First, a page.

At the flea market

Above – A view of one of the aisles. There were several.

Back in August we went with some friends to the Elephant Trunk Flea Market in New Milford, Connecticut. According to their web site:

The Elephant’s Trunk Country Flea Market began in 1976. The first markets found aisles named after New York City streets or alley-ways. The market was always held on Sundays, and in 1976, the presence of fifteen vendors was considered a “big” day!

The market in those early years found dealers set up on the lawn in front of the 19th century Victorian house, which faces onto Route 7. Over 40 years, this local secret has become a popular New England tradition for people seeking a truly authentic experience. Typical Sundays feature over 500 vendors and an ever-changing mixture of food trucks from all over the east coast.

No two weekends are alike, always a different mix of vendors, merchandise and food. Everyone is always welcome to participate as a buyer or a vendor and that is what makes this non-exclusive marketplace so unique…you just never know what types of treasures are waiting on the field.

Awareness has increased significantly over the last few years as the Elephant’s Trunk has been featured in multiple seasons of Flea Market Flip™. People recognize that they have things they want to sell, projects they want to make and collections they need to add too. The Trunk meets all their needs and is just a fascinating experience. Please join us on any Sunday from April through December. We guarantee you’ll be a fan of the Trunk for years to come.

Yes, there is entertainment too.

Old Bottles.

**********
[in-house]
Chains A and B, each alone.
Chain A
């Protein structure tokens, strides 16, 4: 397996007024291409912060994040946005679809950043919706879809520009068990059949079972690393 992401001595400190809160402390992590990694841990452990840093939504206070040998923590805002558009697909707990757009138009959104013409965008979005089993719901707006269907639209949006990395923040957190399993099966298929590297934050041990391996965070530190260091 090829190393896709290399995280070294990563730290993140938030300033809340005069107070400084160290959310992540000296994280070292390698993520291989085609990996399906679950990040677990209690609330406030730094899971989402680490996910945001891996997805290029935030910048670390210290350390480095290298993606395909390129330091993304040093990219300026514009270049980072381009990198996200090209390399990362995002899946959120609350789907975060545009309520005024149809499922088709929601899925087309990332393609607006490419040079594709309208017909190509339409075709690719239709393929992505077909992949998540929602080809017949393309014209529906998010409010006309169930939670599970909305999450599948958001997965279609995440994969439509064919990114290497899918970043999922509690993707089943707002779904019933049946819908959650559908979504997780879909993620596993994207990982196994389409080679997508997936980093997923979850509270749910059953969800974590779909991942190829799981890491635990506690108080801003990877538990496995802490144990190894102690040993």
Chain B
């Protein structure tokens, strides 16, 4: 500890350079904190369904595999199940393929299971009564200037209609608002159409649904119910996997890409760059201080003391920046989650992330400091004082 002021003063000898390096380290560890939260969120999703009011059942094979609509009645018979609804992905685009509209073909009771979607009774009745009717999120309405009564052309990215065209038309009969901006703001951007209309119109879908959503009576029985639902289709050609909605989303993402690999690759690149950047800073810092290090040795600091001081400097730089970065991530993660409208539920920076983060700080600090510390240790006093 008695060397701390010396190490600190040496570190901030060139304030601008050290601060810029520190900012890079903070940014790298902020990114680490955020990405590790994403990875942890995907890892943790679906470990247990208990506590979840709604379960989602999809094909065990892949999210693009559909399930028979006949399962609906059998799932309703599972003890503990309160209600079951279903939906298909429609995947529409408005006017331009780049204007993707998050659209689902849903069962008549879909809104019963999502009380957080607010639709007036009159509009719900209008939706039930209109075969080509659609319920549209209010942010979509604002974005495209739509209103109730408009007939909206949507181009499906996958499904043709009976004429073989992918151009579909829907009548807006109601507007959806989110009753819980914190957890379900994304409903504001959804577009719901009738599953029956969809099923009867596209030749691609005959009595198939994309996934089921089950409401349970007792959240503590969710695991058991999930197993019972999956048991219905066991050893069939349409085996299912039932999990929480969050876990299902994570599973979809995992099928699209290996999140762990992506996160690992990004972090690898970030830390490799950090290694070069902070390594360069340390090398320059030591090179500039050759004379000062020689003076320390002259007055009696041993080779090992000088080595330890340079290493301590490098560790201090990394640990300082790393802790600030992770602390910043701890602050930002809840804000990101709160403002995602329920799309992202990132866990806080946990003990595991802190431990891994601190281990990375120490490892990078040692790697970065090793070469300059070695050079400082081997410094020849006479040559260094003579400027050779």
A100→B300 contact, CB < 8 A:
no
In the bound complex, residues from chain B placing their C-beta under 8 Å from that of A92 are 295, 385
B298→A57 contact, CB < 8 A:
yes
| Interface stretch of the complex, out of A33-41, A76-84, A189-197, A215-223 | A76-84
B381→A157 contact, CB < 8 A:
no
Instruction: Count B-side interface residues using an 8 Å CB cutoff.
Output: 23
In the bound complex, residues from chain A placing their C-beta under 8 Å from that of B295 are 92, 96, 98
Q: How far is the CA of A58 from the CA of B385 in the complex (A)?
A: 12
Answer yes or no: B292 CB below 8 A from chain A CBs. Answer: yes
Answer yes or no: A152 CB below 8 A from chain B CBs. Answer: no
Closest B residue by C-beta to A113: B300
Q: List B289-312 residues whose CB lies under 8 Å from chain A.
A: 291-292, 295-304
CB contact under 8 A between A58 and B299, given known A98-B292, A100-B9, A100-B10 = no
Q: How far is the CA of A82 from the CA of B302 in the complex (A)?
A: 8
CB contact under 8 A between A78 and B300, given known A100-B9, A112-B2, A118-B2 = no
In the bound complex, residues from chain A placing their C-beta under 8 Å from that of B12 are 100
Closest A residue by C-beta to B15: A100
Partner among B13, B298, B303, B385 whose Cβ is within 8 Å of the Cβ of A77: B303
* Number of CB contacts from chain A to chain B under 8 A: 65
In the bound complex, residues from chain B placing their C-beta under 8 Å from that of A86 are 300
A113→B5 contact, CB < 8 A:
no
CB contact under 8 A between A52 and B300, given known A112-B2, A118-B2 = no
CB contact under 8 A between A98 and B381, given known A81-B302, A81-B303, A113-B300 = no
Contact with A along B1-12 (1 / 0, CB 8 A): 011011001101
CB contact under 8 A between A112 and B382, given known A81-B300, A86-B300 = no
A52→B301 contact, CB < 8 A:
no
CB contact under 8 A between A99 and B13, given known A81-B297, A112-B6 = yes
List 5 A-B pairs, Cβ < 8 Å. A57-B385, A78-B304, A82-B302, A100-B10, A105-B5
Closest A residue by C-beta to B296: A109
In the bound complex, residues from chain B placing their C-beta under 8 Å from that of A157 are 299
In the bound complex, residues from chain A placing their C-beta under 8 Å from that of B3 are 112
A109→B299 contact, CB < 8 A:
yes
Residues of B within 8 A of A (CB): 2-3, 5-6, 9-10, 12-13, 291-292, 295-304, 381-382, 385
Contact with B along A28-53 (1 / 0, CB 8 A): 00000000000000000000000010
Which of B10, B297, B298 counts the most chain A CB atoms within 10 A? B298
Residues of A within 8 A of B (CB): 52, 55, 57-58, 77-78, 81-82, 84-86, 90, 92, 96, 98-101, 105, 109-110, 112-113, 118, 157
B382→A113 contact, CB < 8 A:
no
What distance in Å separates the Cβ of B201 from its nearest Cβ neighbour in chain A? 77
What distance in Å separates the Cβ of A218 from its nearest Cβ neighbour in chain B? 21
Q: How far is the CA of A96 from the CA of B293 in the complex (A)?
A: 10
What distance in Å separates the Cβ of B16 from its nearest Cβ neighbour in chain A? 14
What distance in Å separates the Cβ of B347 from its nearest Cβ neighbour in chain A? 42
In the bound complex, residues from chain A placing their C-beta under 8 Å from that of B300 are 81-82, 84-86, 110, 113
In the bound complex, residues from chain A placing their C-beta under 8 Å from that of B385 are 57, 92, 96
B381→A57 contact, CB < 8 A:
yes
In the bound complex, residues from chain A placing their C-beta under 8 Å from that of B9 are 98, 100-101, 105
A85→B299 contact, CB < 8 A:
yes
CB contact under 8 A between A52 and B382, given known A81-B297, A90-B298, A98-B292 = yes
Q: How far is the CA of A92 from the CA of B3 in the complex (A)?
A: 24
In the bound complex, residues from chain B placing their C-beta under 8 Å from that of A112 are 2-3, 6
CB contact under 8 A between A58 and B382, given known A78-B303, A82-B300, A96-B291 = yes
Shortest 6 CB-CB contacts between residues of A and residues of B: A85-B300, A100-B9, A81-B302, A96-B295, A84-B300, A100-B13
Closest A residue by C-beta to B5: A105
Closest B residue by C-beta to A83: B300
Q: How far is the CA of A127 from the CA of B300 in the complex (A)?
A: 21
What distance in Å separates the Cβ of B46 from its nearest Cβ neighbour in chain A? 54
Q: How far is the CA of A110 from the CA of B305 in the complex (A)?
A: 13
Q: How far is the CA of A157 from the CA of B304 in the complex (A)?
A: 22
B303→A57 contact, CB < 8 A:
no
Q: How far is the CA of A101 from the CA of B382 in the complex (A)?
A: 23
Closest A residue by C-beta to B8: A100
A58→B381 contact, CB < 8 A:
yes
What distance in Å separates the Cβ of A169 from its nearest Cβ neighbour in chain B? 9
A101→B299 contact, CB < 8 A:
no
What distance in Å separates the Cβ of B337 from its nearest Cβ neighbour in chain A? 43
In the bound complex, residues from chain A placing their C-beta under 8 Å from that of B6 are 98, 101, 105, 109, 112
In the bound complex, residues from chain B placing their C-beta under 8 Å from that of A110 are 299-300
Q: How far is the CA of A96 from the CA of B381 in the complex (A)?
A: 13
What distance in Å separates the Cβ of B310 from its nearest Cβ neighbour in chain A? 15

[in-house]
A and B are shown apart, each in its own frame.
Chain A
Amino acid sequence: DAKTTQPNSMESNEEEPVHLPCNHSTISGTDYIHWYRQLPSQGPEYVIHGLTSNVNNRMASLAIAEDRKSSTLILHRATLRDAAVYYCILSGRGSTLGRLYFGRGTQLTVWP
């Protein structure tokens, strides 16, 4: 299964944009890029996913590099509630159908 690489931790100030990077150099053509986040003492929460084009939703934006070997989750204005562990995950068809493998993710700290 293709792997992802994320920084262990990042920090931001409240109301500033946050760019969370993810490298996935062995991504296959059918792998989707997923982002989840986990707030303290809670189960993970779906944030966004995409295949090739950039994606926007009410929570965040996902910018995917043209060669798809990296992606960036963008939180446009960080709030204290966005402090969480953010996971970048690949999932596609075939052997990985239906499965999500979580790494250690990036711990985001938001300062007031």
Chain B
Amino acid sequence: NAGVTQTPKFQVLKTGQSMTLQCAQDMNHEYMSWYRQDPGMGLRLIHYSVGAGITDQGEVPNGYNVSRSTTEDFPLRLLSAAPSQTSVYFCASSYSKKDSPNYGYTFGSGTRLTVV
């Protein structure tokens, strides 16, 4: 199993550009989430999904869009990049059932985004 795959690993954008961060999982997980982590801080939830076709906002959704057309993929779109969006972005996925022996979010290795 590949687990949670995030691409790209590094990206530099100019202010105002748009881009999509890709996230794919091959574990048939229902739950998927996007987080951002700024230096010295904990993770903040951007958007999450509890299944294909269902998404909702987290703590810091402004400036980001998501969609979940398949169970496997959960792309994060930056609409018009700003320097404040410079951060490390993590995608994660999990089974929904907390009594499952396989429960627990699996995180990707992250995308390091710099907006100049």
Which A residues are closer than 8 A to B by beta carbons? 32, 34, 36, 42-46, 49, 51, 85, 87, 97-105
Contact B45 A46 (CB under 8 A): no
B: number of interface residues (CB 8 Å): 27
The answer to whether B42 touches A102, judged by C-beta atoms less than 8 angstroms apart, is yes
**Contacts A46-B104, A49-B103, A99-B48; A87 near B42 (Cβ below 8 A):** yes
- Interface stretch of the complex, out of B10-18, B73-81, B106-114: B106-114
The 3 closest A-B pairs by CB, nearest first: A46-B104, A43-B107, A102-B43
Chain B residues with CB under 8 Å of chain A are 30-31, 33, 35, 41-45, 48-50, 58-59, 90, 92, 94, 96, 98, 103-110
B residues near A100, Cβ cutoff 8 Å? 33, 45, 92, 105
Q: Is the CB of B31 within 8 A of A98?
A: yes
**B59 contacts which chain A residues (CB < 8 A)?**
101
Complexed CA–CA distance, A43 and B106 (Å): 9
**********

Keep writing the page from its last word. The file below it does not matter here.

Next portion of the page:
African statuettes.

An army of lego people.

Taken with a Sony RX-100 M3.

In search of Sybil Ludington – A haunted inn

Our next stop would take us to Carmel, NY but first a break for lunch at Smalley’s Inn.

Smalley’s Inn was opened in 1852 by James Smalley who was at various times the sheriff, coroner and treasurer of the town. His daughter, Elizabeth, was only a toddler when she died, and there’s the belief that a portion of the basement was used as a morgue when Smalley was the coroner. The ghost is thought to be that of Elizabeth.

Above – an interior view. Below – Ken and the Cigar Store Indian.

Taken with a Sony RX100 M3.

A (very) short walk around Garrison’s Landing – Beer

I came across this table outside a fancy books, maps and print store called Antipodean. On it stood three cans of Coors (which I’m not so fond of) and four bottles of Newcastle Brown Ale (probably my favorite beer). I have no idea what they were doing there. It was a hot day and I was sorely tempted, but I managed to resist.

Taken with a Panasonic Lumix GF1 and G vario 14-42 asph f3.5-5.6.